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Opposition Approval Rating Flying High

Posted November. 29, 2005 07:51,   


The ruling party recorded an approval rating of over 40% thanks to reforms after it took power, but it is rare for the opposition party’s rating to approach 40%, according to polling experts.

Experts also said that the main opposition party’s approval rating once plummeted to single digit just one-and-a-half year ago when it pushed for the impeachment of the president last year.

Analysts think that the surges in the rate can be attributed to things people are not satisfied with, such as the administration’s handling of national affairs and internal dissension in the ruling party, and that both the head of the main opposition party and the mayor of Seoul, renowned for having restored the Cheonggyecheon, are pulling up the rating.

Divided, however, are people over the firmness of the high rating. Jeong Chang-kyo, chief analyst of the Korean Society Polling Institute, said, “Since the ruling party has few issues that can reverse the situation, the main opposition party’s rate could persist until next year’s local elections unless it makes a big mistake.”

By contrast, “Many people had no better choice other than just selecting the main opposition party,” said a survey pundit on condition of anonymity. “They should be regarded as swing voters who wait and see how the Grand National Party does things.”

Just their own party-

With possibly their party’s high approval, almost all the senior party members are keeping an eye on post of city mayors in the next year’s local elections.

Among the candidates for running for the mayorship of Seoul are Maeng Hyung-kyu, Lee Jae-oh, Hong Jun-pyo, Park Jin, and Park Gye-dong. Lee Kyu-taek, Kim Mun-su, Kim Young-sun, Jeon Jae-hee and Nam Kyung-pil are preparing for running for the governor of Gyeonggi Province.

It is natural that although the talent hunt committee was formed in September, not a single talent was hunted in practice. The committee made a list of 900 leading figures in each sector of society regardless of what party they support, but an even contact has not been made.

Although some of the committee talked about bringing in a high profile figure as a candidate for Seoul mayor, a group of candidates in the party opposed the idea so no one dares to speak of it.

It is said that when the committee tried to recommend a man, the former president of Seoul National University’s general student association, to post in the district of Bucheon Gab, Gyeonggi in the 10/26 reelections, a senior lawmaker of the district strongly objected to that, saying, “Never do that.”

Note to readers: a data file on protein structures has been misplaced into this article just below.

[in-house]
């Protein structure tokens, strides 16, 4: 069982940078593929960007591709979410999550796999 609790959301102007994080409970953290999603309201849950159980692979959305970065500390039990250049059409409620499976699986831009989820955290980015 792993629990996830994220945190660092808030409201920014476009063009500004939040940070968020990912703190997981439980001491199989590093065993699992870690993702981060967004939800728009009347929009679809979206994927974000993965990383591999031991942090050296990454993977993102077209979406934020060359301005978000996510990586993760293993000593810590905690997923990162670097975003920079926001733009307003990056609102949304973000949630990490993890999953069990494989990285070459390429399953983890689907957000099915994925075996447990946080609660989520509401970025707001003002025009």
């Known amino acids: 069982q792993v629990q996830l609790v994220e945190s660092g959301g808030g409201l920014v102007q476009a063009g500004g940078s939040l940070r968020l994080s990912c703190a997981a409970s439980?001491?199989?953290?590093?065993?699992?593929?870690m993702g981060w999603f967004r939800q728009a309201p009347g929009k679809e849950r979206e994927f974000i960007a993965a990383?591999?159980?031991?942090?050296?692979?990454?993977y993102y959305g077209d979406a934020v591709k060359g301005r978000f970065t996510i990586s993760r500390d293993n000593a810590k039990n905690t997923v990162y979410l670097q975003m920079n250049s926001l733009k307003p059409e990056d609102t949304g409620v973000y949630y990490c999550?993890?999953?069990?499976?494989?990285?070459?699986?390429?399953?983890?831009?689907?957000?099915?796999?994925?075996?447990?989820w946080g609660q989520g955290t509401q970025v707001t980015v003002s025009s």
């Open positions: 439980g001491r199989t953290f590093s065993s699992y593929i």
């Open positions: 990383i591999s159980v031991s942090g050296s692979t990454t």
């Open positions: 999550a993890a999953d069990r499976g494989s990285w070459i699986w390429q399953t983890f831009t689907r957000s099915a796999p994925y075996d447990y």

While lawmakers from the metropolitan area say, “Why is the metropolitan area alone targeted, letting go of the Yeongnam area?” lawmakers from the Yeongnam area fly into a rage, saying, “We are doing well, what is the use of the headhunting?” In short, the Yeongnam lawmakers are arguing that the party should seek candidates from areas where the chance of winning is slim like Honam or outside the party.

Some point out that both leading presidential candidates Park Geun-hye, head of the party, and Lee Myung-bak, mayor of Seoul are overlooking the war of turf among the party members as they focus on luring people on each one’s side for the competition for a presidential candidate in the party.

The same applies to city and province parties who were given nomination and decision rights. An official of the Seoul City Council said, “The toughest thing today is to see how the wind blows.” In other words, he is keeping an eye only on who will be the presidential candidate- the party’s head or the mayor of Seoul.

It is also pointed out that the party lacks mid- and long-term plans, and the party’s function of developing strategies is paralyzed. The Yeouido lab, founded for those functions, receives 30 percent of the national subsidies for the Grand National Party, but some party members publicly question what on earth the lab is doing.

The lab sometimes holds seminars and discussion meetings, and releases reports like “Yeouido Research” and “Issue Brief.” The think-tank, however, has never made an impressive report on hot potatoes related to the party’s course like real estate policies, tax cuts, or North Korea policies.

Under this situation, it is not rare that the party leadership and individual lawmakers disagree over issues like real estate, tax cuts and the multifunctional administrative city.

A congressman of a younger member group in Grand National Party expressed concern that the party’s approval rating has yet to have enough content to support it. Another said that the party also realizes that the rate of people against the party also stands at nearly 50 percent.